Texas Gov. Perry joins N.H. GOP for call on border crisis
Gov. Rick Perry speaks during a news conference in the Governor's press room, Monday, July 21, 2014, in Austin, Texas. Gov. Perry announced he is deploying up to 1,000 National Guard troops over the next month to the Texas-Mexico border to combat criminals that Republican state leaders say are exploiting a surge of children and families entering the U.S. illegally. (AP Photo/Eric Gay)
Texas governor and possible Republican presidential candidate Rick Perry joined the New Hampshire Republican Party yesterday in blaming the border crisis on the policies of President Obama and U.S. Sen. Jeanne Shaheen.
Perry’s comments, given during a press call with party Chairwoman Jennifer Horn, came the day after Scott Brown released a TV ad focused on securing the border. He followed up with a similar radio ad yesterday. Brown was not on the call, and Perry said he is not endorsing any candidate in the Republican primary. Brown will face Jim Rubens and Bob Smith on Sept. 9 for the nomination to challenge Shaheen.
Tens of thousands of children from Central America have crossed the border this year, overburdening the country’s immigration courts and creating a humanitarian crisis. Under law, children from Central America must go through the hearing process and cannot be sent back to their home countries immediately. Congress is now deciding how to tackle the problem, including whether to approve a billion-dollar spending request by Obama.
Perry sent 1,000 National Guard troops to the border last week. During the call, he said he gave Obama several suggestions for how to secure the border during a recent visit in Texas, including having the Federal Aviation Administration authorize the use of drones along the border to monitor activity.
“Obviously I have made a decision that we can no longer wait for Washington to act,” he said.
Perry hit Shaheen and Obama for what he calls pro-amnesty policies, a term Brown has also used to describe Shaheen’s stance on immigration. Shaheen supported the DREAM Act, which would have let children brought to the U.S. illegally become citizens and voted for a comprehensive immigration reform bill last year that included a path to citizenship for people already here. He also said Shaheen hasn’t supported efforts to secure the border.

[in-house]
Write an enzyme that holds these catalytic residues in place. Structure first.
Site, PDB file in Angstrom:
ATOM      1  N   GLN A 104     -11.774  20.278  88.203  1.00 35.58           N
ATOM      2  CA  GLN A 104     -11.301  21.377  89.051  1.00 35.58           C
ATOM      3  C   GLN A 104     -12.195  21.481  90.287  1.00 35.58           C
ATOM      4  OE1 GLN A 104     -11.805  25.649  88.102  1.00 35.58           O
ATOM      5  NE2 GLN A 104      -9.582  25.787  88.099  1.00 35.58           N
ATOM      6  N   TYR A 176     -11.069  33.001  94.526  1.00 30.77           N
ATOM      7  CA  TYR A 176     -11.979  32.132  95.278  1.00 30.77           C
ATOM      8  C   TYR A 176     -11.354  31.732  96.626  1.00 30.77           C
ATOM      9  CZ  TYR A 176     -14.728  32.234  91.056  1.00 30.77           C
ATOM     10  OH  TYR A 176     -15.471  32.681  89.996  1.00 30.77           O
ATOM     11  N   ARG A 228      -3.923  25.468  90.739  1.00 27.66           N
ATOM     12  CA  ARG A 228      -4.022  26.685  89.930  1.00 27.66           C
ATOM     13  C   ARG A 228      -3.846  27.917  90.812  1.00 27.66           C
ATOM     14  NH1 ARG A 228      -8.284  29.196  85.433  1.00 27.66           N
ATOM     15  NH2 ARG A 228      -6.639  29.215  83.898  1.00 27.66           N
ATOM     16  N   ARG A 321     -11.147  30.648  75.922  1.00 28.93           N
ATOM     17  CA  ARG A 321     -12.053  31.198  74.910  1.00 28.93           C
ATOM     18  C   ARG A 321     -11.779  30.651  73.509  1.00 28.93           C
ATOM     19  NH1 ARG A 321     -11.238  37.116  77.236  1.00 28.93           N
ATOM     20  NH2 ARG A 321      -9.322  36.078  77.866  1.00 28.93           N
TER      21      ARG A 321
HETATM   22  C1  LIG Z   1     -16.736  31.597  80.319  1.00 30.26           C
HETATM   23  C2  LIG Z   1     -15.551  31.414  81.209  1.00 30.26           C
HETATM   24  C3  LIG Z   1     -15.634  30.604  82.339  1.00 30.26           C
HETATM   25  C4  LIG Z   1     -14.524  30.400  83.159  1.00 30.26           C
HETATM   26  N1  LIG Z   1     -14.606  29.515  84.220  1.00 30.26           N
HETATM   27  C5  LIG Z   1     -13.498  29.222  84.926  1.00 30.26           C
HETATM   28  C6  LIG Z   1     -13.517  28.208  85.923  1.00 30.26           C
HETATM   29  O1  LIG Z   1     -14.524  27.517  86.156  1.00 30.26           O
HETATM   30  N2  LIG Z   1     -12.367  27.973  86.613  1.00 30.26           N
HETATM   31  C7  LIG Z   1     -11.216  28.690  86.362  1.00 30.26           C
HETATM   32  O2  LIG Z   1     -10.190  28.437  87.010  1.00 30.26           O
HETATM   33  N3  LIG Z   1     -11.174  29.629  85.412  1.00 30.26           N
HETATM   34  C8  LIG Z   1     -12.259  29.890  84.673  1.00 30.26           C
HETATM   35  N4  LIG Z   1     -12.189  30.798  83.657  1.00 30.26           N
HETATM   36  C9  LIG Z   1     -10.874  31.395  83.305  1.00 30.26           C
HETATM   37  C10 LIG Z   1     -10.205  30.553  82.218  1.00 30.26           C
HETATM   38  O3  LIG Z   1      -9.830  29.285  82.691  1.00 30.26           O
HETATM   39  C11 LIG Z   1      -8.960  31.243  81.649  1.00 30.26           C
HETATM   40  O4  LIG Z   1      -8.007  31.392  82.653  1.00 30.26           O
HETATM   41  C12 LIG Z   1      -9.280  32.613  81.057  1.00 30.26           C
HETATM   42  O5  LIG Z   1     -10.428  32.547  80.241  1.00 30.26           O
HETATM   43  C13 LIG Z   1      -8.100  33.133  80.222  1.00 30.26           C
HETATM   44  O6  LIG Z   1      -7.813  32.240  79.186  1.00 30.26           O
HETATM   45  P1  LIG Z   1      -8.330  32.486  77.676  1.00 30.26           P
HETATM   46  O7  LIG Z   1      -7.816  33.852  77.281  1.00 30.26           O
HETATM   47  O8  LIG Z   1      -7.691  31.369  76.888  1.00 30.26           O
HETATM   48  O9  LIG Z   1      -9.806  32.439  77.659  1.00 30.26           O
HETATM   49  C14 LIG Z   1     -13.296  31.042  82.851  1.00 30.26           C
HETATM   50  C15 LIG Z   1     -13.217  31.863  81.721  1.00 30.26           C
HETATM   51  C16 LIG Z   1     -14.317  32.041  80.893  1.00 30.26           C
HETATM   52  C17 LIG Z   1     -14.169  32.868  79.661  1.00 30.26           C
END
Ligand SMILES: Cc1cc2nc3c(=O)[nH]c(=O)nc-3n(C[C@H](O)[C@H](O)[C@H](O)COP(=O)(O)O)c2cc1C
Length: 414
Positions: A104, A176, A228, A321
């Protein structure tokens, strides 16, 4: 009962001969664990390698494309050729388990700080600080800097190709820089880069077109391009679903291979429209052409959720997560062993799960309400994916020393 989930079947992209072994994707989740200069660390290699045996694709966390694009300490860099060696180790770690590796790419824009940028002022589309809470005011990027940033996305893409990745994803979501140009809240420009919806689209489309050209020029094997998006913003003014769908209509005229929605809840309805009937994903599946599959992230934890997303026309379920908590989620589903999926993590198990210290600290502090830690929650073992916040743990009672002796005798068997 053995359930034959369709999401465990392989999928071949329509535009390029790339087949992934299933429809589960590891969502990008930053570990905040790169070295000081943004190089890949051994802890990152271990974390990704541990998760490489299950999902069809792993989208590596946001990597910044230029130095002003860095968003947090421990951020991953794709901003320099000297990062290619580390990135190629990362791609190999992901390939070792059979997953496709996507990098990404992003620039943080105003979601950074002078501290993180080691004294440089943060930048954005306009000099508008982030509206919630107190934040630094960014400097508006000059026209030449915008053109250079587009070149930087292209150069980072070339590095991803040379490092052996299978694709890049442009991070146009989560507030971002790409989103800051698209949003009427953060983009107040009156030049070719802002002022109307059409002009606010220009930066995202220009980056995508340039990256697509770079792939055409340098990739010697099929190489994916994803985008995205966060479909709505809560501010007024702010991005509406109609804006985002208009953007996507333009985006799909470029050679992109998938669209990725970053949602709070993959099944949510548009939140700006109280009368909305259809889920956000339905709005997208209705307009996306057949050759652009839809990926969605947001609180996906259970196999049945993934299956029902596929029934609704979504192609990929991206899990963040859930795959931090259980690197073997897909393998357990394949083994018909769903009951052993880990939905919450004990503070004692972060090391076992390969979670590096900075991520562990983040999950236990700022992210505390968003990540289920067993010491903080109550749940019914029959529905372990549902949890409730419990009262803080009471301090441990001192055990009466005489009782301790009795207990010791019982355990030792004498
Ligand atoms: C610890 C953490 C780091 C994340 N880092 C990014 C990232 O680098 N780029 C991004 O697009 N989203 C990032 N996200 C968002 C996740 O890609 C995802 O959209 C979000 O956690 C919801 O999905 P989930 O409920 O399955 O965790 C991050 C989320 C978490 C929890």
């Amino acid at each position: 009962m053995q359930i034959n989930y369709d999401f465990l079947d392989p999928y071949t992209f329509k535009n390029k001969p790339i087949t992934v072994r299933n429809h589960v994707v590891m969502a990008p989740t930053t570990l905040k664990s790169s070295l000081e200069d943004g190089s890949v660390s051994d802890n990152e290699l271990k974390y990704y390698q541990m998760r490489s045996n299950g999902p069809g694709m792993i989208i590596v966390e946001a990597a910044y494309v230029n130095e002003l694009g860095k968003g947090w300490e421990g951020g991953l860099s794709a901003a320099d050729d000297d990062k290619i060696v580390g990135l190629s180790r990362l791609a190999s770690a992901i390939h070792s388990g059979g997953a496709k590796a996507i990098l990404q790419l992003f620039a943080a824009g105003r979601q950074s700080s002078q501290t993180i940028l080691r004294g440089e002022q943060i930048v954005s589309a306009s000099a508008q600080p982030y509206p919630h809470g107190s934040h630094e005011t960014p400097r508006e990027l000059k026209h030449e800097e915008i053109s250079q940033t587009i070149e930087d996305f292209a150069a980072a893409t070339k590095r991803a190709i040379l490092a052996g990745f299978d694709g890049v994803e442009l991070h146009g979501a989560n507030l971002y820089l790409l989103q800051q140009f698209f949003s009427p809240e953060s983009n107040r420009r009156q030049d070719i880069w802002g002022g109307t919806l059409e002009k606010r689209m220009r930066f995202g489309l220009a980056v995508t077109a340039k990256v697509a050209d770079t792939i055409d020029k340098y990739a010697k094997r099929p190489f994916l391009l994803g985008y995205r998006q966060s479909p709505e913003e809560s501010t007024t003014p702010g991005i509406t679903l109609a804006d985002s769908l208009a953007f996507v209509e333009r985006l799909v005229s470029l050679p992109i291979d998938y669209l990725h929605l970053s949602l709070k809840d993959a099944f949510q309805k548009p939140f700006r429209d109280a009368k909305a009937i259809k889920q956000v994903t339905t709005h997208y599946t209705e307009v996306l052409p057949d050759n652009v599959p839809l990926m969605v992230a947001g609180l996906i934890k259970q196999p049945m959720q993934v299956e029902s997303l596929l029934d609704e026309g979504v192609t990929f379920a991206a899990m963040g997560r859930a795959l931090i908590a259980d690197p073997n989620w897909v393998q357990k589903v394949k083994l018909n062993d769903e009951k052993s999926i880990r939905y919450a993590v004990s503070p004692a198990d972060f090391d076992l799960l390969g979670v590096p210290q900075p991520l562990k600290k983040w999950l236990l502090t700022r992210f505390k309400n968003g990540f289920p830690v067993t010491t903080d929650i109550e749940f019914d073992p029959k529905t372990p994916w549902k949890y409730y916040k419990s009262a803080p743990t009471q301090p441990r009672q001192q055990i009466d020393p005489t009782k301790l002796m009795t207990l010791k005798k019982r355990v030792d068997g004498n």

“Obviously people who come illegally into this country, they don’t stop at the border states,” Perry said. “They come up all the way to states like New Hampshire, and when you look at the issue from a national security standpoint, you cannot have national security if you don’t have border security.”
Last year’s immigration reform bill included an amendment co-sponsored by U.S. Sen. Kelly Ayotte aimed at strengthening border security. It was known as the “border surge” amendment, and Shaheen also voted for it. Key reform aspects of the bill would not go into effect until border security measures, such as creating 700 miles of new fencing and deploying 38,000 border agents, were completed, according to a report by the American Immigration Council. The bill also included the DREAM Act, which Brown has highlighted his opposition to, and it said it marks a clear difference between his and Shaheen’s policies. The Senate passed the bill, but the U.S. House of Representatives never voted on it.
“The fact is that Jeanne Shaheen voted to strengthen border security with comprehensive immigration reform, just like Kelly Ayotte,” said Harrell Kirstein, Shaheen’s campaign spokesman. “Partisans like Rick Perry, Scott Brown and House Republicans are standing in the way of this bipartisan solution.”
While Perry kept the call focused on the border issue, his participation invited speculation about his presidential ambitions. Perry largely flubbed his 2012 presidential bid, but has been making moves that indicate he’s ready to make another run. He invited prominent New Hampshire Republicans to Texas several months ago and will visit the state next month.
The New Hampshire Democratic Party sent out a release criticizing Perry for his stance on LGBT issues and linked the call directly to Brown, who did not participate. At issue were comments Perry made recently comparing homosexuality to alcoholism.
“Rick Perry’s brand of discrimination isn’t welcome in New Hampshire,” party Chairman Ray Buckley said in a statement.
(Kathleen Ronayne can be reached at 369-3309 or email@example.com or on Twitter @kronayne.)